Friday, July 4, 2014

Owner of a Lonely Heart

From the Desk of the Trailer Park Cyclist
Hey, guys.  Are all of you reading Cycling In the South Bay?  Authored by Seth Davidson, Esq. it is almost the anti-Trailer Park Cyclist blog.  He's a decent human who pretends not to be, a successful attorney and a racing-type cyclist.  Like I said, kind of a Bizarro World TPC.  Plus he's skinny.

Whatever the case, I DO read it and last night, while in me cups, as they say, I read this comment by Erik and it threw me into a tailspin of sorts, which ain't hard to do.  Go read the original post.  But this comment by our brother Erik stands alone and says more about cycling than everything I have ever written.  

ERIK Comments at Cycling In the South Bay
I always enjoy your tales of childhood, because they remind me so much of my own. Though I’m about 10-15 years younger than you, so the wussification of Suburbia was well underway by the ’80′s. Either way, I spent my summer days in the woods. Learned to curse during the summer after first grade in a long string of nonsense profanity that involved tits and balls, but not cunts and cocks. We had a neighbor with a pump track in his yard that we’d poach (you never asked ANYONE if you were allowed to do something, you just did it), and my steel-frame Huffy with plastic mag wheels was my steed from about 3rd grade until well into high school before I got my first road bike, which was actually my mom’s. It was a white chromoly Puch, about 4 cm too small for me, with a squeaky rear brake – so I only ever used the front. One evening I was riding without a light, head down, when I looked up at the last second to see a parked car where there never was one. I grabbed the front brake in a death grip and went right over the handlebars with the bike still between my legs onto the trunk of the car. I rung the doorbell across the street and apologized for the few tiny dents and scratches to the trunk, and offered to pay for them. She never called me back. I rode all over town on that thing when i was 15-16, and the only reason I ever started learning to drive was because it got stolen when i dropped it in the grass behind the bank one evening while I ran int to get 10 bucks. I was in there 5 minutes and the bike was gone that fast. I’ll never forget the dread of my first stolen bike. It was like the first time you loose sight of your child in a big crowd, only you know it’s never coming back. That bike was my escape from a shitty new life in a new town with an alcoholic step-father and his sociopath sons, that began abruptly the day after my last day of 10th grade after 10 years of my father’s long and destructive descent into untreated schizophrenia. I miss that bike.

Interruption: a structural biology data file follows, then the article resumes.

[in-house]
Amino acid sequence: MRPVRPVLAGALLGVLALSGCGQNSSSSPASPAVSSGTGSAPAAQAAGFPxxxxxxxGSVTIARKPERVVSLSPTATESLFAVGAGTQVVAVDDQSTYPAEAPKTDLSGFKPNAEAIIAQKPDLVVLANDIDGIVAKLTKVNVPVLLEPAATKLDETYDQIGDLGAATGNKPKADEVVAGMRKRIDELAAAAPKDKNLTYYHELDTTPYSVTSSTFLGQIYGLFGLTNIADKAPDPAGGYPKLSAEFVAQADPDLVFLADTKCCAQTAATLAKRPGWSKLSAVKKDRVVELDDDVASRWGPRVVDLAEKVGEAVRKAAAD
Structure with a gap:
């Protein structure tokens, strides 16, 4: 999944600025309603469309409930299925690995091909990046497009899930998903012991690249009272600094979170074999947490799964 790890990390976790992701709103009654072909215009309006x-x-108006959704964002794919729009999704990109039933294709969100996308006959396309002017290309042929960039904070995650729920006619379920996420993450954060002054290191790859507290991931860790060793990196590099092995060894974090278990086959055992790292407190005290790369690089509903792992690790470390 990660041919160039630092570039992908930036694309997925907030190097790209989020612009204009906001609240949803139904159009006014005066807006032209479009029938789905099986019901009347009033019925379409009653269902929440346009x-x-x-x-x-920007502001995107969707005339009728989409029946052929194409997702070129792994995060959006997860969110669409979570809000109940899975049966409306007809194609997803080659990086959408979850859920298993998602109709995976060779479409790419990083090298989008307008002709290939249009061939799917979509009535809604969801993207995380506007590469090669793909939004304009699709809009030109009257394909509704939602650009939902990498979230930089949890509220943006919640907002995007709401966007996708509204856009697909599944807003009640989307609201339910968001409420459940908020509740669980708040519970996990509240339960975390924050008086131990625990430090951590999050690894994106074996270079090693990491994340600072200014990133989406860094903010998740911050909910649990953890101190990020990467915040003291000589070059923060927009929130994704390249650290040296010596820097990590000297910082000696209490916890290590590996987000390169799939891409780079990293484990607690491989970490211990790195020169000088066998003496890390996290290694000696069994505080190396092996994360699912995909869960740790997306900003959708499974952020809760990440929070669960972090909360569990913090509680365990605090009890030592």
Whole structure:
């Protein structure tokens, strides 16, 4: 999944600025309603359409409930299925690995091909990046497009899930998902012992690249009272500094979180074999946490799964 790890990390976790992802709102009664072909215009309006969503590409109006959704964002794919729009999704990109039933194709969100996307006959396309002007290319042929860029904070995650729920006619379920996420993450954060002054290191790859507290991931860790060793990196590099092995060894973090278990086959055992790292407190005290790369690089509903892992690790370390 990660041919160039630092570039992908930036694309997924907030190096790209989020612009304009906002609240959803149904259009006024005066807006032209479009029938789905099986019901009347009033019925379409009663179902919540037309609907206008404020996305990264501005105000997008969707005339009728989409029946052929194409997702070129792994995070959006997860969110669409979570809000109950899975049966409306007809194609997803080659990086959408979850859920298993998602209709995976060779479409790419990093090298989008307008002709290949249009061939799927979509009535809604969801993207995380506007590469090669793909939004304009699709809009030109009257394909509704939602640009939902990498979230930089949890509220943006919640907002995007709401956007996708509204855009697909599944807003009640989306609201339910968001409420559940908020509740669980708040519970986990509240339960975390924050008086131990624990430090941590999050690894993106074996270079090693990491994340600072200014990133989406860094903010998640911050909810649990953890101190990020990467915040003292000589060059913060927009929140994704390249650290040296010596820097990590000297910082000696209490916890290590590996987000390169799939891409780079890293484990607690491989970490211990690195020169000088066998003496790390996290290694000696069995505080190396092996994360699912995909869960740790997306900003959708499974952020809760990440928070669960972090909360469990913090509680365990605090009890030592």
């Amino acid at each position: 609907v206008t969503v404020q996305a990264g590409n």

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    1. My experience was about a decade later in the early 70's but yeah in both Eugene OR till about 73 and then in Portland OR from 73 on I rode my bike all over. First a used goldish banana seat cruiser that I learned to ride on, and then a hand me down Schwinn Typhoon that had been my brothers-what a tank. I rode my bike to school through jr. high, and to friends houses and just to have something to do, and always on the look out for dirt mounds to jump off of. Flipping my bike over on its seat and handlebars and pretending to be a mechanic. Based on the other posts I must have been a bit of a choir boy in my activities but I sure do remember the freedom of the bike. I remember when I got back in the saddle in the late 90's it all came rushing back like I was 12 years old again riding around my suburban neighborhood. It put a smile on my face. One of my favorite sales of a rebuilt 10 speed was a lady who bought a Schwinn Varisty from me, when she came back from test riding she had a smile on her face and said "that was like being 13 again". Good times

  2. Thanks for the head's up on Seth's blog. While I'm not a bike person, I AM a person and enjoy good writing, almost regardless of the subject, that's almost with italics and capitals and exclamation points. In neon.

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  4. Thanks for noticing and sharing, TJ. Until you recognized my words, I did realize how important cycling is. It's way more important than the usual environmental/health/life-is-good conceits we like to aggrandize ourselves with as grown-ups.

  5. Replies
    1. Thanks, Eric. I hope you will drop by the Park again.


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